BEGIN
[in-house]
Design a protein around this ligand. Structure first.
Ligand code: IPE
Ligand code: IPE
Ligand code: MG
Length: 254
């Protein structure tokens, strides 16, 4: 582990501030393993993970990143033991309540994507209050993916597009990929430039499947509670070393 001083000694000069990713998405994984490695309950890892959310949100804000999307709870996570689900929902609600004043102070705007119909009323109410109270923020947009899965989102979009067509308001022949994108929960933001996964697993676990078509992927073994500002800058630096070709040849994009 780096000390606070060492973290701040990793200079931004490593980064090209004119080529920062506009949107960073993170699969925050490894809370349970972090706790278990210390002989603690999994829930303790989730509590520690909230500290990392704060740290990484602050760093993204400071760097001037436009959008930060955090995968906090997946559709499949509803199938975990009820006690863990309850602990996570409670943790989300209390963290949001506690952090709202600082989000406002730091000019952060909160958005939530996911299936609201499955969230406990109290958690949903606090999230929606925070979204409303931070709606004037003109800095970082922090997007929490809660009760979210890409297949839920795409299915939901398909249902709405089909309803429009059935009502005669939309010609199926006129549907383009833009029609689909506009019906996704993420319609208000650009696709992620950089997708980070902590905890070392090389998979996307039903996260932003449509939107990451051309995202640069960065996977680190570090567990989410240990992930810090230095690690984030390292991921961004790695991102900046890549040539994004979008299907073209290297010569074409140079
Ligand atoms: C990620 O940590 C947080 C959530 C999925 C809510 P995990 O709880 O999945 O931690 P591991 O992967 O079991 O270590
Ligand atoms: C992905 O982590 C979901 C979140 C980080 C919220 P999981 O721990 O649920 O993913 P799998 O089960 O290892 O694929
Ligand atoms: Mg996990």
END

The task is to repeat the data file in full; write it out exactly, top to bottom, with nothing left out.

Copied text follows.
[in-house]
Design a protein around this ligand. Structure first.
Ligand code: IPE
Ligand code: IPE
Ligand code: MG
Length: 254
């Protein structure tokens, strides 16, 4: 582990501030393993993970990143033991309540994507209050993916597009990929430039499947509670070393 001083000694000069990713998405994984490695309950890892959310949100804000999307709870996570689900929902609600004043102070705007119909009323109410109270923020947009899965989102979009067509308001022949994108929960933001996964697993676990078509992927073994500002800058630096070709040849994009 780096000390606070060492973290701040990793200079931004490593980064090209004119080529920062506009949107960073993170699969925050490894809370349970972090706790278990210390002989603690999994829930303790989730509590520690909230500290990392704060740290990484602050760093993204400071760097001037436009959008930060955090995968906090997946559709499949509803199938975990009820006690863990309850602990996570409670943790989300209390963290949001506690952090709202600082989000406002730091000019952060909160958005939530996911299936609201499955969230406990109290958690949903606090999230929606925070979204409303931070709606004037003109800095970082922090997007929490809660009760979210890409297949839920795409299915939901398909249902709405089909309803429009059935009502005669939309010609199926006129549907383009833009029609689909506009019906996704993420319609208000650009696709992620950089997708980070902590905890070392090389998979996307039903996260932003449509939107990451051309995202640069960065996977680190570090567990989410240990992930810090230095690690984030390292991921961004790695991102900046890549040539994004979008299907073209290297010569074409140079
Ligand atoms: C990620 O940590 C947080 C959530 C999925 C809510 P995990 O709880 O999945 O931690 P591991 O992967 O079991 O270590
Ligand atoms: C992905 O982590 C979901 C979140 C980080 C919220 P999981 O721990 O649920 O993913 P799998 O089960 O290892 O694929
Ligand atoms: Mg996990």